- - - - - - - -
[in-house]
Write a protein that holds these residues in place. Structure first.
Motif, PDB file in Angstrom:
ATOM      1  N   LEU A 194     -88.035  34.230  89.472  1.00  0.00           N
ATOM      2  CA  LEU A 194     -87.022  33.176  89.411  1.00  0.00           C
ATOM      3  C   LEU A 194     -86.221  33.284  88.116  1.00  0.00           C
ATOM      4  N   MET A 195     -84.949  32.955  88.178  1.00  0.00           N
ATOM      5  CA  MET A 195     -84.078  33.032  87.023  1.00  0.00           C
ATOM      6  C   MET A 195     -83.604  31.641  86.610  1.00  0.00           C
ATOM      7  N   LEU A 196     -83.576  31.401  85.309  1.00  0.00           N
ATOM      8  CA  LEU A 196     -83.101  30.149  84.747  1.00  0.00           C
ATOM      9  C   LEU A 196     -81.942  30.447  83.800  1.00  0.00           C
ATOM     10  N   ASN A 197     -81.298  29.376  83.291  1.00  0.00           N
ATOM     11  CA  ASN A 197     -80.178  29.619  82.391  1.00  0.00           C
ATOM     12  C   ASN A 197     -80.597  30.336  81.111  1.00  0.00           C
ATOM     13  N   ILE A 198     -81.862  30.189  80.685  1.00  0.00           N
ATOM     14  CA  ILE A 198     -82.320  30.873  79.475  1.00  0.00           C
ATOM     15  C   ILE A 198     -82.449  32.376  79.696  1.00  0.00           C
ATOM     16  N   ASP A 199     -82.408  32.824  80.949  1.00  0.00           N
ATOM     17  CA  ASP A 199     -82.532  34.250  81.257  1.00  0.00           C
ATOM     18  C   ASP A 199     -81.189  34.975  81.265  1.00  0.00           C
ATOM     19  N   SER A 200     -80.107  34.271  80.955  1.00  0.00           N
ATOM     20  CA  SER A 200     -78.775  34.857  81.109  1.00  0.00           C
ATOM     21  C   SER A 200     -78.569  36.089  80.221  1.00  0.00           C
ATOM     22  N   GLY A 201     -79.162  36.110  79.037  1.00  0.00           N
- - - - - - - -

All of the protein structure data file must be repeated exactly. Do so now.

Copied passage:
[in-house]
Write a protein that holds these residues in place. Structure first.
Motif, PDB file in Angstrom:
ATOM      1  N   LEU A 194     -88.035  34.230  89.472  1.00  0.00           N
ATOM      2  CA  LEU A 194     -87.022  33.176  89.411  1.00  0.00           C
ATOM      3  C   LEU A 194     -86.221  33.284  88.116  1.00  0.00           C
ATOM      4  N   MET A 195     -84.949  32.955  88.178  1.00  0.00           N
ATOM      5  CA  MET A 195     -84.078  33.032  87.023  1.00  0.00           C
ATOM      6  C   MET A 195     -83.604  31.641  86.610  1.00  0.00           C
ATOM      7  N   LEU A 196     -83.576  31.401  85.309  1.00  0.00           N
ATOM      8  CA  LEU A 196     -83.101  30.149  84.747  1.00  0.00           C
ATOM      9  C   LEU A 196     -81.942  30.447  83.800  1.00  0.00           C
ATOM     10  N   ASN A 197     -81.298  29.376  83.291  1.00  0.00           N
ATOM     11  CA  ASN A 197     -80.178  29.619  82.391  1.00  0.00           C
ATOM     12  C   ASN A 197     -80.597  30.336  81.111  1.00  0.00           C
ATOM     13  N   ILE A 198     -81.862  30.189  80.685  1.00  0.00           N
ATOM     14  CA  ILE A 198     -82.320  30.873  79.475  1.00  0.00           C
ATOM     15  C   ILE A 198     -82.449  32.376  79.696  1.00  0.00           C
ATOM     16  N   ASP A 199     -82.408  32.824  80.949  1.00  0.00           N
ATOM     17  CA  ASP A 199     -82.532  34.250  81.257  1.00  0.00           C
ATOM     18  C   ASP A 199     -81.189  34.975  81.265  1.00  0.00           C
ATOM     19  N   SER A 200     -80.107  34.271  80.955  1.00  0.00           N
ATOM     20  CA  SER A 200     -78.775  34.857  81.109  1.00  0.00           C
ATOM     21  C   SER A 200     -78.569  36.089  80.221  1.00  0.00           C
ATOM     22  N   GLY A 201     -79.162  36.110  79.037  1.00  0.00           N